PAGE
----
We are issuing the latest update to our series of Alerts regarding New Jersey’s ongoing efforts at establishing a uniform fiduciary standard applicable to all investment advisors and broker-dealers doing business in New Jersey. On October 15, 2018, the New Jersey Bureau of Securities (the “Bureau”) issued a Notice of Pre-Proposal (the “Notice”) soliciting comments for the purpose of amending Section 13:47A-6.3 of the New Jersey Administrative Code, which sets forth examples of dishonest or unethical business practices on the part of brokerage and advisory professionals. The Bureau is considering making it a dishonest or unethical practice not to act in accordance with a fiduciary standard in connection with recommending an investment strategy or the purchase, sale or exchange of securities, or providing investment advisory services.

To that end, the Bureau is soliciting comments on (i) the legal and factual bases for applying a fiduciary standard to all financial services professionals; (ii) the scope of the duty in terms of duration and when it arises; (iii) the types of recommendations that would trigger the duty; and (iv) the scope of the duty in terms of to whom it would be owed.

While no details regarding the proposed fiduciary rule are contained in the Pre-Proposal, the Notice nonetheless makes clear the Bureau’s view as to the propriety of a uniform fiduciary standard. Such a standard “protects investors against the abuses that can result when financial professionals place their own interests above those of their customers.”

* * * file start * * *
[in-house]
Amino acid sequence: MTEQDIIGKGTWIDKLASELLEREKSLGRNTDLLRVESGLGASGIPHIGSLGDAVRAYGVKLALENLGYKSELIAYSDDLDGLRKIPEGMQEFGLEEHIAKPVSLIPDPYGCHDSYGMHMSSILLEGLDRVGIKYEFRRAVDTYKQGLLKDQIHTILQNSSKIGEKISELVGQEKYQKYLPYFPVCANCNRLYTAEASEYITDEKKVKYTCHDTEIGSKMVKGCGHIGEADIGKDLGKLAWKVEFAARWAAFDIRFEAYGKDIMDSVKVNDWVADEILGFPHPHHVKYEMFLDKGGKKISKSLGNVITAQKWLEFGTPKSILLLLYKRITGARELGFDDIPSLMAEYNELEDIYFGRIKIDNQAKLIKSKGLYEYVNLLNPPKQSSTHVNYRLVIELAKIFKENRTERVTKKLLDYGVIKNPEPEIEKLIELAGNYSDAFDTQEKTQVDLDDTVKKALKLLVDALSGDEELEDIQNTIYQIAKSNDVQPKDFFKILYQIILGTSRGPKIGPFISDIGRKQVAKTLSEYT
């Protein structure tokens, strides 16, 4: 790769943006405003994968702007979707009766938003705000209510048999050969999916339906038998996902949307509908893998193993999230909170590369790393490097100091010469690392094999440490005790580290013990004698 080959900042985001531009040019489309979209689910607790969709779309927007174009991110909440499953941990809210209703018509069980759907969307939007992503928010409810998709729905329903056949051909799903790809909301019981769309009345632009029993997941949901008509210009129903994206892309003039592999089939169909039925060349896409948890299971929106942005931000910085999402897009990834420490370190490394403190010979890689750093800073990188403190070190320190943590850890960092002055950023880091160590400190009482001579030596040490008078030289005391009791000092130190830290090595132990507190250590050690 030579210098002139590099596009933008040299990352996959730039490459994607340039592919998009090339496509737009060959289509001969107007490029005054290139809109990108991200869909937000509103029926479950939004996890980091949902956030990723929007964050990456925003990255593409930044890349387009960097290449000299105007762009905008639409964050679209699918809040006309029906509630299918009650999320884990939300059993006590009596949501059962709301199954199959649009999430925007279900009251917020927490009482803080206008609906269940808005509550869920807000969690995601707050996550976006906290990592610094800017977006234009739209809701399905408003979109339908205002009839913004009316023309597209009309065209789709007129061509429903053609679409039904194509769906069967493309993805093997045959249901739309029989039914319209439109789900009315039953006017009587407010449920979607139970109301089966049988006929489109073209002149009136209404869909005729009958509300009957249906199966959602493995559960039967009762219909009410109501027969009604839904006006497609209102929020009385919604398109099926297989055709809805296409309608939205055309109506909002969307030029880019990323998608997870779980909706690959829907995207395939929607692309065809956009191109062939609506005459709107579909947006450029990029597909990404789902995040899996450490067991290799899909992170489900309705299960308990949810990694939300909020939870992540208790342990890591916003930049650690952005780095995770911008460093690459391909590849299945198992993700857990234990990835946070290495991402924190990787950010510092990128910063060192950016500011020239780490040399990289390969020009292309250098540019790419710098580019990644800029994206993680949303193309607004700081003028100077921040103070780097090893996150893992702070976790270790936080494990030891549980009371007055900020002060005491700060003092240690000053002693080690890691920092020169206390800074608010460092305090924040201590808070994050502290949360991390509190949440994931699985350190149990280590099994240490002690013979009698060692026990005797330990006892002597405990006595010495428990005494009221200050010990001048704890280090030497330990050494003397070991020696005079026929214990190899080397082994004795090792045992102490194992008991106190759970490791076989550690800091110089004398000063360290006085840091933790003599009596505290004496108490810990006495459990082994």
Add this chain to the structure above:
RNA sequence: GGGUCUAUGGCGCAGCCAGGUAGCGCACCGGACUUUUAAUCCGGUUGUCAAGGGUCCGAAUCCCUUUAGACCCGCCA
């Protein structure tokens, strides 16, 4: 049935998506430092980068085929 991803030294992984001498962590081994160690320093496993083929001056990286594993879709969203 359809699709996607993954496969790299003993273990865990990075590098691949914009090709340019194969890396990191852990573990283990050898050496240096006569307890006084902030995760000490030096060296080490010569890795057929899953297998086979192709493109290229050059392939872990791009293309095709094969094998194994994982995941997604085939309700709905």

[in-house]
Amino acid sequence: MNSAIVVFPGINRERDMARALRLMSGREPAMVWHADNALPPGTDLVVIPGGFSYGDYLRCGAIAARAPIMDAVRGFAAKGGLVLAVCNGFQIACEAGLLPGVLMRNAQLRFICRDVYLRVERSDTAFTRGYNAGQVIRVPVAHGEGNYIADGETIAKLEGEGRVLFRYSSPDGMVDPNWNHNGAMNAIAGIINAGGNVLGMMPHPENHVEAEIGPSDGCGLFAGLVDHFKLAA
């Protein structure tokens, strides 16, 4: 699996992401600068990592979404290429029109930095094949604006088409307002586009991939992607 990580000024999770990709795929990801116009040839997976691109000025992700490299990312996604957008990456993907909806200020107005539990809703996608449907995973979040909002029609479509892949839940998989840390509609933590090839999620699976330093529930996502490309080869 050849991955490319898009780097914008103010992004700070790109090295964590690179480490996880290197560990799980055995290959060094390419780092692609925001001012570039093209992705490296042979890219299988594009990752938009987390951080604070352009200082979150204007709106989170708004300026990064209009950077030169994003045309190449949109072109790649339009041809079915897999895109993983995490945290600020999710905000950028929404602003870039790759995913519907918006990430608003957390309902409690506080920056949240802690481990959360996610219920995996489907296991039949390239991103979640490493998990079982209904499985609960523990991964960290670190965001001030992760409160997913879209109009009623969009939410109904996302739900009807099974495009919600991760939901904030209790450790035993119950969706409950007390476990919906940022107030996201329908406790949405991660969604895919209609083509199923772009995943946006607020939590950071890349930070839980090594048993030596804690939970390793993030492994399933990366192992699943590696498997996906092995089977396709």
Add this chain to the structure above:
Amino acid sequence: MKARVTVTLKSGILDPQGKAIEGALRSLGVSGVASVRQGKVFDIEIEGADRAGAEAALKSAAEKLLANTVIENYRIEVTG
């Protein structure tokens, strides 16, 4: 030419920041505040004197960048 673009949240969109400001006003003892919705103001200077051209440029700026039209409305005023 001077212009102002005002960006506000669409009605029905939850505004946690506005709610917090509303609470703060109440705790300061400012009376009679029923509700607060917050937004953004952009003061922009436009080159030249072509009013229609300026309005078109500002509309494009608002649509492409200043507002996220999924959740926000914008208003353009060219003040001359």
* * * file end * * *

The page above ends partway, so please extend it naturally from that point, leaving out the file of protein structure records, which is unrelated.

Despite the absence of any details concerning the proposed uniform fiduciary standard, what is clear is that the standard of care which the Bureau seeks to impose on broker-dealers would apply in a wide variety of circumstances, i.e., the purchase, sale or exchange of a security or the recommendation of an investment strategy. Interestingly, despite the likely breadth of the uniform fiduciary standard, the Notice is silent whether the standard would apply where the broker-dealer merely recommends that the customer continue to hold a specific security. Of course, that gap in the Notice may be filled in once the Bureau actually issues the proposed rule.

We will update this Alert once the Bureau issues its proposed fiduciary rule.